In order to be able to effectively compare the elements of traditional text narratives to those of new interactive narratives, a background understanding of certain narratological concepts is necessary. From a Reader-Response perspective, as described in an early essay of the theoretical approach by Walter Gibson entitled “Authors, Speakers, Readers, and Mock Readers,” it could be said that the roles often associated with traditional, linear narratives—(see essay title)—coincide with those of the game medium of storytelling. In all forms of literary study, the reader should differentiate between the speaker and the author of a text. While the author is, in simplest terms, the creator of a piece of literature, the speaker is rather “that voice of disguise through which someone ... communicates with us” (Gibson, 1). All that makes up the speaker is what is in the text—possessing a personality, opinions, and morals of its own.
Along the same line concerning a degree of separation between the real life and internal entities of a work, a more interesting and less discussed relationship is that of the reader and the mock-reader. While the former is the actual, real-life individual reading the text in their hands, the latter is, as Gibson describes, “a fictitious reader ... whose mask and costume the individual takes on in order to experience the language” (2). In other words, the mock-reader is to whom the speaker is speaking—someone who understands all language, references, etc. and adheres to all the speaker’s assumptions of them. For example, if the speaker says “You should already be aware of the battle between the humans and monsters that forced the latter into hiding underground,” then it is to be assumed that the mock-reader knows this information. The reader, on the other hand, could have no idea what the speaker is talking about, and yet will take on the façade that they are aware so as not to disrupt the relationship between the speaker and the mock-reader.
Such roles in narratives are also defined in Gerald Prince’s essay “Introduction to the Study of the Narratee” with the terms narrator (for speaker) and narratee (for mock-reader). Prince, too, sees both roles as “fictive [creations]” of a fictional work’s author, and argues that there is more diversity amongst narratees than narrators (226). Additionally, while the usual purpose of the narratee/mock-reader is to take the information given by the speaker and act as a filter between said speaker and the “real” reader, there are circumstances where the narratee/mock-reader is an actual character in the story. Here, the narratee/mock-reader is addressed specifically with more than just “dear reader” (235-236). This particular classification is what is most commonly seen in games.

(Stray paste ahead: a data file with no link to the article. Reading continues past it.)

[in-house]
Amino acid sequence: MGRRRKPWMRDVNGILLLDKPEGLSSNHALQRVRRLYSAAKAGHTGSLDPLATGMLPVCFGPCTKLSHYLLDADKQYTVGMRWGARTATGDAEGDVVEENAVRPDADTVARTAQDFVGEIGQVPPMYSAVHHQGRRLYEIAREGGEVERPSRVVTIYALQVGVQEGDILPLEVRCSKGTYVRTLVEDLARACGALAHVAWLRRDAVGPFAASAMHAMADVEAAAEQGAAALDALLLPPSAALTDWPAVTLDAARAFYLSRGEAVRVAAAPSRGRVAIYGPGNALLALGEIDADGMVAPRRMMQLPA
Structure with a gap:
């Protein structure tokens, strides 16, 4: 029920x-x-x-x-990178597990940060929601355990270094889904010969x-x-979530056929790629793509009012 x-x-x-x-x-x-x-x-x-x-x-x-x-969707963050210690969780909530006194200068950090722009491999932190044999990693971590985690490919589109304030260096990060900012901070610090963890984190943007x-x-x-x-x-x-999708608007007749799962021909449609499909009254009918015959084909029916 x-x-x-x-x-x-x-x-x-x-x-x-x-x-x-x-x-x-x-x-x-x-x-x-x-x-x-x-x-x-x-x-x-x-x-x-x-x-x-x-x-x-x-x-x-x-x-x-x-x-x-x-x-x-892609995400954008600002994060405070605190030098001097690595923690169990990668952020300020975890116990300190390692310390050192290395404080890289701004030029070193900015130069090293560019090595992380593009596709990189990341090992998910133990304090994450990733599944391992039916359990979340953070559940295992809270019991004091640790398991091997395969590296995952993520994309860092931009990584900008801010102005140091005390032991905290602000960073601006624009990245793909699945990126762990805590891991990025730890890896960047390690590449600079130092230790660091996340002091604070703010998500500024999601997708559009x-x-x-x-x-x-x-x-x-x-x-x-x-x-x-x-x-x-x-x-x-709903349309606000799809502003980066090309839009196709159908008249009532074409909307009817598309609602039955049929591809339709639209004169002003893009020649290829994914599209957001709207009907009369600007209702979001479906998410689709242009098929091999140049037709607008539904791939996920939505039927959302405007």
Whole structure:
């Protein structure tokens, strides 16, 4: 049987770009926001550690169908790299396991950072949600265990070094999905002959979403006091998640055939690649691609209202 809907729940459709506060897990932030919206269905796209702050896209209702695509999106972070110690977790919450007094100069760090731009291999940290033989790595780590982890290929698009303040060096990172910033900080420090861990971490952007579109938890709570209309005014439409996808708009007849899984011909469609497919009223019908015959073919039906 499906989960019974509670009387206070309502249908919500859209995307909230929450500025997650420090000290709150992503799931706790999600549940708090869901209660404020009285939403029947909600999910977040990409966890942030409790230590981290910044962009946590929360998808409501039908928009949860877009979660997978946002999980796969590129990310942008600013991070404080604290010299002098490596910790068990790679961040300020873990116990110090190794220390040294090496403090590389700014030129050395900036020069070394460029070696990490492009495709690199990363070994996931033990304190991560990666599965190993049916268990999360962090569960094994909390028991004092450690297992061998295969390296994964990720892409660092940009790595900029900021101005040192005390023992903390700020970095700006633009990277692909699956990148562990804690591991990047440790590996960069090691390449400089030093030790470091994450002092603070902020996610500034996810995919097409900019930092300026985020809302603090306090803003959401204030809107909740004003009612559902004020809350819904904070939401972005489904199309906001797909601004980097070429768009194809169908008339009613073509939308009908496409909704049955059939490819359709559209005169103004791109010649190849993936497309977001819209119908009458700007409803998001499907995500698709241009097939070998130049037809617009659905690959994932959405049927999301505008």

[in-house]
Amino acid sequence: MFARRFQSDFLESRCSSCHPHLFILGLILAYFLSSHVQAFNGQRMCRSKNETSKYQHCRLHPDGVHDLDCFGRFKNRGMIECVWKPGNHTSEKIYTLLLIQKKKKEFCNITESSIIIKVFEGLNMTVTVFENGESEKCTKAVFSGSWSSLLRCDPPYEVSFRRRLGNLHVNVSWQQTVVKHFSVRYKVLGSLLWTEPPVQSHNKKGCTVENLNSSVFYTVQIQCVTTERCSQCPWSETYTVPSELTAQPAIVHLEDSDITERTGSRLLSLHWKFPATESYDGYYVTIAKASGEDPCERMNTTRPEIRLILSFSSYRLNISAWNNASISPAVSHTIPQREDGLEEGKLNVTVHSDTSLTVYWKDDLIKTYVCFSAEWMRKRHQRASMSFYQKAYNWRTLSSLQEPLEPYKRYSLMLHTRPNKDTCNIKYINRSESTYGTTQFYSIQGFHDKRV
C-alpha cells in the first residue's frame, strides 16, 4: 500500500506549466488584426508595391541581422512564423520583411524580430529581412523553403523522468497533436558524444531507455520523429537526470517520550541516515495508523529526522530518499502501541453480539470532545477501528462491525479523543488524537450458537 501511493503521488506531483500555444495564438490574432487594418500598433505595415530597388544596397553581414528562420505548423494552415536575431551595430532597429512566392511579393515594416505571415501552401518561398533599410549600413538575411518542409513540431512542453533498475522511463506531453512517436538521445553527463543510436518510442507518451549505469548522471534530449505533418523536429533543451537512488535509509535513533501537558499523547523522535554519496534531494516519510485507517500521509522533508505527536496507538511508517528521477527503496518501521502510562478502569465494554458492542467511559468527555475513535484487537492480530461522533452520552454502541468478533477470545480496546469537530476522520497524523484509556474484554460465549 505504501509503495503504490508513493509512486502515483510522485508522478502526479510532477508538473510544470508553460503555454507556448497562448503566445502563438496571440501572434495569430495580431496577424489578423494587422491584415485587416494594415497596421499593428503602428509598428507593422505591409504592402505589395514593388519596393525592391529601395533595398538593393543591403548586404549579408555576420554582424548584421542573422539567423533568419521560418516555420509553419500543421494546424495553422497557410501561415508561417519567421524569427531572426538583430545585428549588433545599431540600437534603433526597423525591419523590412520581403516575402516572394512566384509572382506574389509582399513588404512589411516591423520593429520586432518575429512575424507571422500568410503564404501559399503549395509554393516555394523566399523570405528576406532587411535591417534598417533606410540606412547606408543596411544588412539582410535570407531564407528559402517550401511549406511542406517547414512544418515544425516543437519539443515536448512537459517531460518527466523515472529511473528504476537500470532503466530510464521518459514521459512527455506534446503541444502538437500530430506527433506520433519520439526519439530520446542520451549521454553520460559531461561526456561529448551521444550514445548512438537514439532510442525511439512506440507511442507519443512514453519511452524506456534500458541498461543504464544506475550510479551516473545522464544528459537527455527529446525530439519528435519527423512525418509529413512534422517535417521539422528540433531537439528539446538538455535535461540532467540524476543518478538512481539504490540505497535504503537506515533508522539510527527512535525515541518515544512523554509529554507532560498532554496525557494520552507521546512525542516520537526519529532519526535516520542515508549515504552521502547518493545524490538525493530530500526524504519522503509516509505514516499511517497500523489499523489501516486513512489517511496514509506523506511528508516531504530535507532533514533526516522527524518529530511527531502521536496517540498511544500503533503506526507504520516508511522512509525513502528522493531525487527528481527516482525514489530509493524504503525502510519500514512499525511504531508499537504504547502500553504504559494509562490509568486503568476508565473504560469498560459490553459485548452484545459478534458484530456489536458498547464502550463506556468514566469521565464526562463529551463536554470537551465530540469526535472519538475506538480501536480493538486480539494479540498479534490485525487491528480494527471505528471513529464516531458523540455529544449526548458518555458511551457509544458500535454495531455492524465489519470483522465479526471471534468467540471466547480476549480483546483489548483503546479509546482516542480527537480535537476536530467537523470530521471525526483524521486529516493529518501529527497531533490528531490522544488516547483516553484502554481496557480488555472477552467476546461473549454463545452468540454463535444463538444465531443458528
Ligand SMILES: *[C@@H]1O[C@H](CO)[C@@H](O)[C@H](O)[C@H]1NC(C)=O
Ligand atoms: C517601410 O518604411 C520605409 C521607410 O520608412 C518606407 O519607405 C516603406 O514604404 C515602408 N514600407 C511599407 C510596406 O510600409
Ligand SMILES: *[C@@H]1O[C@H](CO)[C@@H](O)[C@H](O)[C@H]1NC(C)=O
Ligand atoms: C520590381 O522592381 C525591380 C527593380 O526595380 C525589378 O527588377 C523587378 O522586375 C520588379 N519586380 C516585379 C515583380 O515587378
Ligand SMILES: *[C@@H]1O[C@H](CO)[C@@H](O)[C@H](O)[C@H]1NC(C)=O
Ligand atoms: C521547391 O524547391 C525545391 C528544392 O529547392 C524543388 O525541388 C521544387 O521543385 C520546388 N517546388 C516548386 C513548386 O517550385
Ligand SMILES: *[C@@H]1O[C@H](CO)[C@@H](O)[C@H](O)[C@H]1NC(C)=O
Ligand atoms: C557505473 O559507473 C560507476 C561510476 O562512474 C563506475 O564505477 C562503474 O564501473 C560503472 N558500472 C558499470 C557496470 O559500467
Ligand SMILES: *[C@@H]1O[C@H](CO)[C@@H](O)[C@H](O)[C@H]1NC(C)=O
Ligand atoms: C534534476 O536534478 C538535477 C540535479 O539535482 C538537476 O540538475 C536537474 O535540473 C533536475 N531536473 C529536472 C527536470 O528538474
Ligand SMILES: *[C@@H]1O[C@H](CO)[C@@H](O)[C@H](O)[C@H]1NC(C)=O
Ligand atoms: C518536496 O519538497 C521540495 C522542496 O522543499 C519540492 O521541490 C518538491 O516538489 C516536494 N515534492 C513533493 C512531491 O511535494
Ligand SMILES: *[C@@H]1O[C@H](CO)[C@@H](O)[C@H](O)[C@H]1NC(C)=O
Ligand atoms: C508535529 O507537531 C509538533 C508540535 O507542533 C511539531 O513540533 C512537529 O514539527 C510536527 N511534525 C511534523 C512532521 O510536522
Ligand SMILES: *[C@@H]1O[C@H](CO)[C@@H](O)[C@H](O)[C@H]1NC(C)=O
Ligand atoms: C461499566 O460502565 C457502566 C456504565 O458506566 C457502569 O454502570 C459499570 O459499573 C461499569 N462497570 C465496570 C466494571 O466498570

Additionally required for complete background understanding is a brief description of each game chosen by the researcher. The three are all narrative-heavy games with unique choice mechanisms that affect the outcome of the story based on player input. While there are similarities between them, they are also as varied as literature can be, ranging from independent, “rated E for Everyone” role-playing games to mature, survival horror AAA/Triple-A titles. (This classification term denotes that a game has the highest level of development budget and promotions.)
Undertale is a single-player, role-playing adventure/puzzle game created by indie developer and composer Toby Fox about a small human child falling into a subterranean monster society known as the Underground and having to traverse through the kingdom to escape. Whether or not the child fights the monsters—and in reality, they do not have to—is up to the choice of the player, and from very early on determines which of the three radically different paths—General, Pacifist, or No Mercy—the player will take through the course of the game.
Along the same vein of self-preservation, Until Dawn is a choice-based, interactive drama/ survival-horror game developed by Supermassive Games. Rated M for its violence and horror elements, the game itself is basically a “Choose Your Own Adventure” horror movie, with the cliché narrative of eight teenagers in a cabin in the woods with a killer on the loose—or so they think. Adding a twist to the game are additional “outside-looking-in” psychological elements, very nuanced choices, and prophesizing collectible totems, all of which can lead to one of over 200 possible endings, depending on the player’s dialogue and exploration choices.
Life Is Strange, an episodic graphic adventure game from independent developer Dontnod Entertainment, also utilizes detailed choices to affect character arcs and storylines. It is the story of photography student Maxine “Max” Caulfield who discovers she has the ability to rewind time, a mechanism which sets the game apart from others in terms of outcome predictability and player choice.
As can be seen, the games range in style and genre, and each brings into play certain issues of morality that, when analyzed, allows us that “greater understanding of narrative processing,” as Green and Jenkins claim (480). With a general basis of knowledge for the roles in a narrative as well as an overview of the main games to be discussed, the researcher can begin to make the connections between those utilized in text narratives and those utilized in video games. Overall, there are definite connections between the two genres’ roles, albeit altered slightly due to the interactive nature of games.